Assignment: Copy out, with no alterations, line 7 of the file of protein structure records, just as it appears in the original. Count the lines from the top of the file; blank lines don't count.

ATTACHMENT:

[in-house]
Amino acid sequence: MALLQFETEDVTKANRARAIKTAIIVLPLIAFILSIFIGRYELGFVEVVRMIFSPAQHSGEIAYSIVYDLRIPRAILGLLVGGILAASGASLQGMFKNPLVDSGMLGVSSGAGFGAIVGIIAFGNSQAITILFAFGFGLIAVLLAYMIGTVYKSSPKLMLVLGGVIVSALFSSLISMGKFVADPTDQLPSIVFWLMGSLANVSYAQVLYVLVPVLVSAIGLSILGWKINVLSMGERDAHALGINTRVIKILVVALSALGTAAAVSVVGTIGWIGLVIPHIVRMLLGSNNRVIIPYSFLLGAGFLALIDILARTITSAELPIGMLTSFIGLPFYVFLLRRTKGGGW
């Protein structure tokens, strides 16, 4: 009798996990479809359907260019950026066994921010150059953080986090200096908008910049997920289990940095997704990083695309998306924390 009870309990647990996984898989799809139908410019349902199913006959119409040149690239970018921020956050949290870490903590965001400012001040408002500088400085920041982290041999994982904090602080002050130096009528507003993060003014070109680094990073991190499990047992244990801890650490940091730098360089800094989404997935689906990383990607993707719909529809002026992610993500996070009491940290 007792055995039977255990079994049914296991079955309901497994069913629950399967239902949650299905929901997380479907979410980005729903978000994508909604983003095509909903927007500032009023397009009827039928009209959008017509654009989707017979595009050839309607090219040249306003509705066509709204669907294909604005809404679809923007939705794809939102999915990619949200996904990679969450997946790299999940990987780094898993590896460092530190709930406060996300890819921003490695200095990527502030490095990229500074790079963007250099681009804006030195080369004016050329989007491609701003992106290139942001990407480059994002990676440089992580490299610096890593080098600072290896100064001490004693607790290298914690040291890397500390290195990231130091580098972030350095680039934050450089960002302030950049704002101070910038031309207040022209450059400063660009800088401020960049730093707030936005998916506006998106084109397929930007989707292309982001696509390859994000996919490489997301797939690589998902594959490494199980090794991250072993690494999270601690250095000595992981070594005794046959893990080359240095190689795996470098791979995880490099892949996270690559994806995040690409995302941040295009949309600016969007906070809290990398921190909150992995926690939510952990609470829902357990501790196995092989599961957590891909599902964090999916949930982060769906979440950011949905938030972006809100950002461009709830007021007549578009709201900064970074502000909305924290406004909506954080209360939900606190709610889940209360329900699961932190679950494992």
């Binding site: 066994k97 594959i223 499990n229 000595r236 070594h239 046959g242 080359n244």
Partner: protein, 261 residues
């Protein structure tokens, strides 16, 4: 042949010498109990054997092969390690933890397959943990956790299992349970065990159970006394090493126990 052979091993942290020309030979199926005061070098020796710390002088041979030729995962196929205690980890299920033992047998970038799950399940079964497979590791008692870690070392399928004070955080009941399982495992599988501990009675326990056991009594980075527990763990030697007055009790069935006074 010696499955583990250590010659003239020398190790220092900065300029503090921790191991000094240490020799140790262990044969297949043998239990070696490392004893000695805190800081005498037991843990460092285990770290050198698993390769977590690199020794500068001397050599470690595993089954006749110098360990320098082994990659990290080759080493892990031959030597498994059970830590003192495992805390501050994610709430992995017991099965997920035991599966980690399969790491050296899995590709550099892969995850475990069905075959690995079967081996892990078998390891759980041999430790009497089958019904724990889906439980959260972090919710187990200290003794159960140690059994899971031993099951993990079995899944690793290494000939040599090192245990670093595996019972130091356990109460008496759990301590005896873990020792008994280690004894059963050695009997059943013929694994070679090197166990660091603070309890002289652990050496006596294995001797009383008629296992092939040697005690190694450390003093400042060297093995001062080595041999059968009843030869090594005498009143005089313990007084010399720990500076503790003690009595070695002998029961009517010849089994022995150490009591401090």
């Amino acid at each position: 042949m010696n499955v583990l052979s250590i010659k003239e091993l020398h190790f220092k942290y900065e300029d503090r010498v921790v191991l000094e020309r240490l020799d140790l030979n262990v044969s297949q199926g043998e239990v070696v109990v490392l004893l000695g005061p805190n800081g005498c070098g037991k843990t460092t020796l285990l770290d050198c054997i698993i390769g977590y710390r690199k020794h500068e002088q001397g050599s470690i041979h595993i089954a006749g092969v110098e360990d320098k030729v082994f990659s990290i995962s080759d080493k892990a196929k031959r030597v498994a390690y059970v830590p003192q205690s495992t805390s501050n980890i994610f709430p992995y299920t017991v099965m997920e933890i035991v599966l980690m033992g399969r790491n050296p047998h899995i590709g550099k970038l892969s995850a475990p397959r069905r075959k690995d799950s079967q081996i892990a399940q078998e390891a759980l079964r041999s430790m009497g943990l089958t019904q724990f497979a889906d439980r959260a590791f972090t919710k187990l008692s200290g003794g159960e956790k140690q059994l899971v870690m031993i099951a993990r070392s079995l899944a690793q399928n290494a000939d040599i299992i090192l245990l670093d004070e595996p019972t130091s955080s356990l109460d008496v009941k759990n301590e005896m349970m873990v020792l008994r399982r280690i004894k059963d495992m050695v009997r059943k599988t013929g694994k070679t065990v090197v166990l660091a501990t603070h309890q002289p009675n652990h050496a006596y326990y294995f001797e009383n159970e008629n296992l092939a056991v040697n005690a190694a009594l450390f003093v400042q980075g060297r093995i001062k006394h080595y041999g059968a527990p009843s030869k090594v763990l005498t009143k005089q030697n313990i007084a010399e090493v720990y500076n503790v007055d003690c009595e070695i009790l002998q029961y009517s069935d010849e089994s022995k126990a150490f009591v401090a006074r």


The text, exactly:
């Amino acid at each position: 042949m010696n499955v583990l052979s250590i010659k003239e091993l020398h190790f220092k942290y900065e300029d503090r010498v921790v191991l000094e020309r240490l020799d140790l030979n262990v044969s297949q199926g043998e239990v070696v109990v490392l004893l000695g005061p805190n800081g005498c070098g037991k843990t460092t020796l285990l770290d050198c054997i698993i390769g977590y710390r690199k020794h500068e002088q001397g050599s470690i041979h595993i089954a006749g092969v110098e360990d320098k030729v082994f990659s990290i995962s080759d080493k892990a196929k031959r030597v498994a390690y059970v830590p003192q205690s495992t805390s501050n980890i994610f709430p992995y299920t017991v099965m997920e933890i035991v599966l980690m033992g399969r790491n050296p047998h899995i590709g550099k970038l892969s995850a475990p397959r069905r075959k690995d799950s079967q081996i892990a399940q078998e390891a759980l079964r041999s430790m009497g943990l089958t019904q724990f497979a889906d439980r959260a590791f972090t919710k187990l008692s200290g003794g159960e956790k140690q059994l899971v870690m031993i099951a993990r070392s079995l899944a690793q399928n290494a000939d040599i299992i090192l245990l670093d004070e595996p019972t130091s955080s356990l109460d008496v009941k759990n301590e005896m349970m873990v020792l008994r399982r280690i004894k059963d495992m050695v009997r059943k599988t013929g694994k070679t065990v090197v166990l660091a501990t603070h309890q002289p009675n652990h050496a006596y326990y294995f001797e009383n159970e008629n296992l092939a056991v040697n005690a190694a009594l450390f003093v400042q980075g060297r093995i001062k006394h080595y041999g059968a527990p009843s030869k090594v763990l005498t009143k005089q030697n313990i007084a010399e090493v720990y500076n503790v007055d003690c009595e070695i009790l002998q029961y009517s069935d010849e089994s022995k126990a150490f009591v401090a006074r």